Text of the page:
How about this weather? Although the Lower Columbia gets an occasional dry October, rainfall normally averages more than seven inches for the month. Coming at the end of the Northwest's surprisingly dry summer, October marks the official start of the "water year" for a reason: it's wet.
But October managed only a handful of wet days, and precipitation was only about a third what it usually is. From Alaska to Northern California, salmon and steelhead are stymied in their migrations, forest managers fear late-season fires and elk hunters pray for rain.
In all likelihood, our dry spell will be only a nostalgic daydream in a few brief days as the wrath of November lowers the boom on all we who secretly half hope global warming will turn our moldy coastline into the next San Diego. Tremble all ye who moved here in the last half year: it is not always like this.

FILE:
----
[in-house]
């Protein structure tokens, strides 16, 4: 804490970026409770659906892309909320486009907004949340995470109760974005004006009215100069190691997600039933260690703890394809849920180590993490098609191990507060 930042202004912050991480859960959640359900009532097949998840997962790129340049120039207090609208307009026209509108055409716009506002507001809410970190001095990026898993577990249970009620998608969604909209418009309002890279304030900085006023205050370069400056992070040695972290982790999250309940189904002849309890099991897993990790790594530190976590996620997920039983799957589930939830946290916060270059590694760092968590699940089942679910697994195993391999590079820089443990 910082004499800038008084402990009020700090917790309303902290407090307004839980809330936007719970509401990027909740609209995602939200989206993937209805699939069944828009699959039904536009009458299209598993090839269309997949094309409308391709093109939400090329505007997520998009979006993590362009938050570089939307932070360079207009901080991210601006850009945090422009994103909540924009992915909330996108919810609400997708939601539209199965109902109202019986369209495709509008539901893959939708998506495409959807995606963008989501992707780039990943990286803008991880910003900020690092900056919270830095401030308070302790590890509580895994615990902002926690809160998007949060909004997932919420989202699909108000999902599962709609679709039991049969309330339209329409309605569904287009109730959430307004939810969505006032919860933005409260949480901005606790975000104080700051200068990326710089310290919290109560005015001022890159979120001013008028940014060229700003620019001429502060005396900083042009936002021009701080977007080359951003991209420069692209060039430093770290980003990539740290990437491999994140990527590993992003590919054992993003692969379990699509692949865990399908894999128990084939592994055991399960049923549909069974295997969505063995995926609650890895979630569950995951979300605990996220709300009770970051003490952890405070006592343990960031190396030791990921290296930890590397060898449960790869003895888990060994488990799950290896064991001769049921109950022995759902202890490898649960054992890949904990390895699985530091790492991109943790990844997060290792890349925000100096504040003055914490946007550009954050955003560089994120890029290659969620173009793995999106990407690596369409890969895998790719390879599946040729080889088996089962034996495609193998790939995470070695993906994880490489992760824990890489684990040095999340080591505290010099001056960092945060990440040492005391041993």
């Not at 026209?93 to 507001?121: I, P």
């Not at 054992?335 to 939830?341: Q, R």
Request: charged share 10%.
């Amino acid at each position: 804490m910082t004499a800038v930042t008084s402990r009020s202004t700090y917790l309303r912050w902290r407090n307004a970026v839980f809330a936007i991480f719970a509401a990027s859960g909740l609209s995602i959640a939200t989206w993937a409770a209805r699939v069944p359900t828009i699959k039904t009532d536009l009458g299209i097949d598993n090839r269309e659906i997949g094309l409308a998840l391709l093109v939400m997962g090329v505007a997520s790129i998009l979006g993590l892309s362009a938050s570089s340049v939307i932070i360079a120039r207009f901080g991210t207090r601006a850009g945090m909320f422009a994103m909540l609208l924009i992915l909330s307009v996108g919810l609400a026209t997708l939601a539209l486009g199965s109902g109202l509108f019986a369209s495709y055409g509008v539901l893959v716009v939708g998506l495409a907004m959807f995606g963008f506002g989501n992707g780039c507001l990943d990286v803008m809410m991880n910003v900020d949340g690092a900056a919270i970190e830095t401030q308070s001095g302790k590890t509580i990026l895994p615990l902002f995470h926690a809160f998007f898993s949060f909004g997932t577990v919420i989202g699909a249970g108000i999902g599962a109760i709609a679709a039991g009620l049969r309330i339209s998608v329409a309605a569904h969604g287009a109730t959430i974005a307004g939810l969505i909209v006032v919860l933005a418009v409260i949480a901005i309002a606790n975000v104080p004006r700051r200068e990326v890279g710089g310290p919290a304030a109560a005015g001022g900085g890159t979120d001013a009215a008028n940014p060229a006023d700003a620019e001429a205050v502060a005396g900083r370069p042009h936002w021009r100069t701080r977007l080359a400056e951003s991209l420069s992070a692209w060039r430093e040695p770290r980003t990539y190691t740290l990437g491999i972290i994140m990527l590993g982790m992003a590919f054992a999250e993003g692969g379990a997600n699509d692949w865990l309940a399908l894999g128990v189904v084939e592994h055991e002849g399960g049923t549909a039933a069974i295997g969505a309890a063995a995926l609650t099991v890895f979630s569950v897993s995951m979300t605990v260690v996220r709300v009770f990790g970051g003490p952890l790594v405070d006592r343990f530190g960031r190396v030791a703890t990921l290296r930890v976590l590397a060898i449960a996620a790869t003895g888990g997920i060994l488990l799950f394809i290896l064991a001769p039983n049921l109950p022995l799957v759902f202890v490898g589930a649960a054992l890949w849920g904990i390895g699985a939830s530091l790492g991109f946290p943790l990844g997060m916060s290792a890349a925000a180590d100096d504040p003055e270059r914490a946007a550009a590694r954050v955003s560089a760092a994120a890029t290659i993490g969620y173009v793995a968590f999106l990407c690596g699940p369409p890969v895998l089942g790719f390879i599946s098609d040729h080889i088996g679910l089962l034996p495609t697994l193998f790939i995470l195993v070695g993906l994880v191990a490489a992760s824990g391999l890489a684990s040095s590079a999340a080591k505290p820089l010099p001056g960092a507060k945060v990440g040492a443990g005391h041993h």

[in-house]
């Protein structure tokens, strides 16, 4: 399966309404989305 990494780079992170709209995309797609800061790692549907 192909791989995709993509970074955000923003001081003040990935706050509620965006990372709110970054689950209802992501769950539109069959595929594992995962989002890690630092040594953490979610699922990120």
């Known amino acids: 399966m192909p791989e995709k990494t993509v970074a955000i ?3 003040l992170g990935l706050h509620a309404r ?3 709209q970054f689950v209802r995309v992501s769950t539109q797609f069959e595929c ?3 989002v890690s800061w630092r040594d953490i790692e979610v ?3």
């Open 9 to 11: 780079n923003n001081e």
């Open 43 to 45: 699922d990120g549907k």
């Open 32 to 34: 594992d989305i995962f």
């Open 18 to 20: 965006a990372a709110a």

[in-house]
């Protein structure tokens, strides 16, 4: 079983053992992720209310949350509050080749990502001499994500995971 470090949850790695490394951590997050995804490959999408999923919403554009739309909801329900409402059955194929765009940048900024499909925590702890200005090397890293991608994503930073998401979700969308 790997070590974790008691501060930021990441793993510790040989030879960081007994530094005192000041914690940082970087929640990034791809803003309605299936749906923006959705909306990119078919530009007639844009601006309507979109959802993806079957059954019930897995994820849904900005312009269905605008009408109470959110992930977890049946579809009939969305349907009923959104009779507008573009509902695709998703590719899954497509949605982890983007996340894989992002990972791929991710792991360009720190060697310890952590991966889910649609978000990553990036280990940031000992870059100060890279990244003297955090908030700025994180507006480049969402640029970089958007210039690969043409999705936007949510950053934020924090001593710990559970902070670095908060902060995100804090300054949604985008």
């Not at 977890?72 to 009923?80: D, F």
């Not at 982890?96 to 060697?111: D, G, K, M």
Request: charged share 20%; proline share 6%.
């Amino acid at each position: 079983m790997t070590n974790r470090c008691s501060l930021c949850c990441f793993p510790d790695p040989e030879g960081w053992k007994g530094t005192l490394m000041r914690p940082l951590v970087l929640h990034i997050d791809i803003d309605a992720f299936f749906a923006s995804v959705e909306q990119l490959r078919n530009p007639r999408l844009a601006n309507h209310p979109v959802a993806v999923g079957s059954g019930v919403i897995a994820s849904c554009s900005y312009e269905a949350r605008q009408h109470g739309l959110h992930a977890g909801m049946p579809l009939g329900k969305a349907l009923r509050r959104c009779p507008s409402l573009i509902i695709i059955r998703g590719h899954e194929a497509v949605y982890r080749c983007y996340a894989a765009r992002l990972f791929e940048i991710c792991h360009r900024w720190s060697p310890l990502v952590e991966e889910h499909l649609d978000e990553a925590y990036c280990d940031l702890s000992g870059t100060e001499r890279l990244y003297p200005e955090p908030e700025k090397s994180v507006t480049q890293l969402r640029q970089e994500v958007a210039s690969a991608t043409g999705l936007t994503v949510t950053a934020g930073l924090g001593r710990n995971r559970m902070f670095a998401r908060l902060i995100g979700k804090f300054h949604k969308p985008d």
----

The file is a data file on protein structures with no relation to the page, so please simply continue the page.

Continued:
These many nearly rainless autumn days, coming after an unusually dry summer, reveal that even this soggy place is at risk of shortfalls in fresh water.
Many here rely on wells, and groundwater levels have been far from certain this year. On the other side of the country, in Maine, drought-induced well problems this summer made many homes virtually uninhabitable. The same could happen here.
On the North Coast, we got off the hook easily on forest fires this summer, but grass and brush still are dry enough to be of concern. It remains true that there isn't much we can do about the weather, except perhaps lobby politicians for better attention to the issue of greenhouse gas emissions.
But we can and must begin devising meaningful water management and conservation plans for our communities. Even if climatic conditions don't change for the long run and dictate sensible management, our inevitably growing population will.